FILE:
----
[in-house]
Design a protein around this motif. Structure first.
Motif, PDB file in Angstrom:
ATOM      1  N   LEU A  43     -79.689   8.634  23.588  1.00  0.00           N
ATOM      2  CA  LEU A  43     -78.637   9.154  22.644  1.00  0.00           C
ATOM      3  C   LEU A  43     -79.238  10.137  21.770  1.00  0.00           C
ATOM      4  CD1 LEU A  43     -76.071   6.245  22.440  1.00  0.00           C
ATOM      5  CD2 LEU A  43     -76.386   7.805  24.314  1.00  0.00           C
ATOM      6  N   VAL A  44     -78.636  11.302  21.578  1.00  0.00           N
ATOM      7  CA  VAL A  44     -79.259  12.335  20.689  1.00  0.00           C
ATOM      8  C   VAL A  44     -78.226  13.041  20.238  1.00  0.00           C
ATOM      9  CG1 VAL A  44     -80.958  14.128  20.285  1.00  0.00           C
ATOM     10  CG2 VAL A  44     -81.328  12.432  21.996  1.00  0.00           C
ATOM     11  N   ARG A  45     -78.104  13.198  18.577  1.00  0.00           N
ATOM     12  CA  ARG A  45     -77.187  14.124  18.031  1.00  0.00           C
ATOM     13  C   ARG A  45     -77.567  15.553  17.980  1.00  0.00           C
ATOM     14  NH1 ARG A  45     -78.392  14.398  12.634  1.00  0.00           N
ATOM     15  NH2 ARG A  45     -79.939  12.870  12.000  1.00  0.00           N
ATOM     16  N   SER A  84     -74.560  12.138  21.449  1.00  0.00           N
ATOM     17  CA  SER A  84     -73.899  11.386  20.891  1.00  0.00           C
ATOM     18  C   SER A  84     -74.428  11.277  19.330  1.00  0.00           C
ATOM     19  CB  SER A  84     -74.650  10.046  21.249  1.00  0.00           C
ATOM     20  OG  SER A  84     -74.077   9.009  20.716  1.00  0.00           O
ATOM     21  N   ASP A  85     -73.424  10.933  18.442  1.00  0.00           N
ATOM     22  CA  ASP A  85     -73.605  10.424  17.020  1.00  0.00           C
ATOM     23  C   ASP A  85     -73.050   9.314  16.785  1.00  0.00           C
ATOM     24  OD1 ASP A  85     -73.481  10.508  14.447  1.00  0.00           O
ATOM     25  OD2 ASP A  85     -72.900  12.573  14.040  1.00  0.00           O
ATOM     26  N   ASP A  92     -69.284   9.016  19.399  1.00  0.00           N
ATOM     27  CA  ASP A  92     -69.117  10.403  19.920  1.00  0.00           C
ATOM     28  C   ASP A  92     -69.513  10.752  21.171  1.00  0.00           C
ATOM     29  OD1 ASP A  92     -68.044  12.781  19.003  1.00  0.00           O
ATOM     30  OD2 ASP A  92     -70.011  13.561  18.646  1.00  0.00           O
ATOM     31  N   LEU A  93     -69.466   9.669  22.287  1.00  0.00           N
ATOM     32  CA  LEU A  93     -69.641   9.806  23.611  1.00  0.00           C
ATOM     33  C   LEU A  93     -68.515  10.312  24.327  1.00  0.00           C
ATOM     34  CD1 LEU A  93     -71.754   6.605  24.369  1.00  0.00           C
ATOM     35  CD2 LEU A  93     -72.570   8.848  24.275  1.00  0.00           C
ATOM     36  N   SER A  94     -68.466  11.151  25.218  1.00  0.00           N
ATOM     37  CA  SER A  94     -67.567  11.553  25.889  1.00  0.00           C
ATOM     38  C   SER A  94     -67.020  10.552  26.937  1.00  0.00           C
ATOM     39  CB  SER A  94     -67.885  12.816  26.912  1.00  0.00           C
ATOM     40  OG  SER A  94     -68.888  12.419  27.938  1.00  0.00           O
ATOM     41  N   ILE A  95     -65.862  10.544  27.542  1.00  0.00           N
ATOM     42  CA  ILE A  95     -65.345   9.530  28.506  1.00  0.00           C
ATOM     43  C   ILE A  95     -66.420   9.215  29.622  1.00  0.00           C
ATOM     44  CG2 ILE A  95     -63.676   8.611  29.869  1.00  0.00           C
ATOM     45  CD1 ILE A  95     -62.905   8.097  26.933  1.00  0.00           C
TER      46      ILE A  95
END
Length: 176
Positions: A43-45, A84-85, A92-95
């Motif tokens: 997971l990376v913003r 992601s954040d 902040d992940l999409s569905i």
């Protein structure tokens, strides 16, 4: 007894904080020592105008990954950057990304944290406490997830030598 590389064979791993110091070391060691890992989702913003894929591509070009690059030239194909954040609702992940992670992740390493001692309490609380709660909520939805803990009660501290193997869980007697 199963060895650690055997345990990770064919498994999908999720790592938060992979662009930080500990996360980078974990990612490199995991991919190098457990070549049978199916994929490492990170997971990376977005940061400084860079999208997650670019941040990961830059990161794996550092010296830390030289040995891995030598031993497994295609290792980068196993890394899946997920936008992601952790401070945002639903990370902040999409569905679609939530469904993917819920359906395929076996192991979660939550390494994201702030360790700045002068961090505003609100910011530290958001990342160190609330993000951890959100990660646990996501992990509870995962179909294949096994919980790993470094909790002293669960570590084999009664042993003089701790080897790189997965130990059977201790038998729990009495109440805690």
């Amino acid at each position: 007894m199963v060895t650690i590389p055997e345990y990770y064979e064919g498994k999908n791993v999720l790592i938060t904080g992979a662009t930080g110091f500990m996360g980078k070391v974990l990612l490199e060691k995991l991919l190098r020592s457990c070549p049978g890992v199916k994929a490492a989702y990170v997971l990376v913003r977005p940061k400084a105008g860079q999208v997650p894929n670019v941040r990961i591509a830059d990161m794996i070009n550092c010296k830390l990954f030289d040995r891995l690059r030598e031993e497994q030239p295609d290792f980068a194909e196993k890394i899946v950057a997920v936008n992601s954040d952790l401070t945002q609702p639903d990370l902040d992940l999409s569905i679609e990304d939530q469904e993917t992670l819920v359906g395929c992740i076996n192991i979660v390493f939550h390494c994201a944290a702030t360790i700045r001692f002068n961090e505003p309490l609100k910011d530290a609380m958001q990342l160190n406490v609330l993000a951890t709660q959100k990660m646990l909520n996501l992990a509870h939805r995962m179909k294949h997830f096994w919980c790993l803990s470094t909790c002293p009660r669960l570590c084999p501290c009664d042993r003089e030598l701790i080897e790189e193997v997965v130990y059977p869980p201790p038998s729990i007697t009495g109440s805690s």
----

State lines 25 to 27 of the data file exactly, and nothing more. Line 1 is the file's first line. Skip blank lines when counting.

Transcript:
ATOM     22  CA  ASP A  85     -73.605  10.424  17.020  1.00  0.00           C
ATOM     23  C   ASP A  85     -73.050   9.314  16.785  1.00  0.00           C
ATOM     24  OD1 ASP A  85     -73.481  10.508  14.447  1.00  0.00           O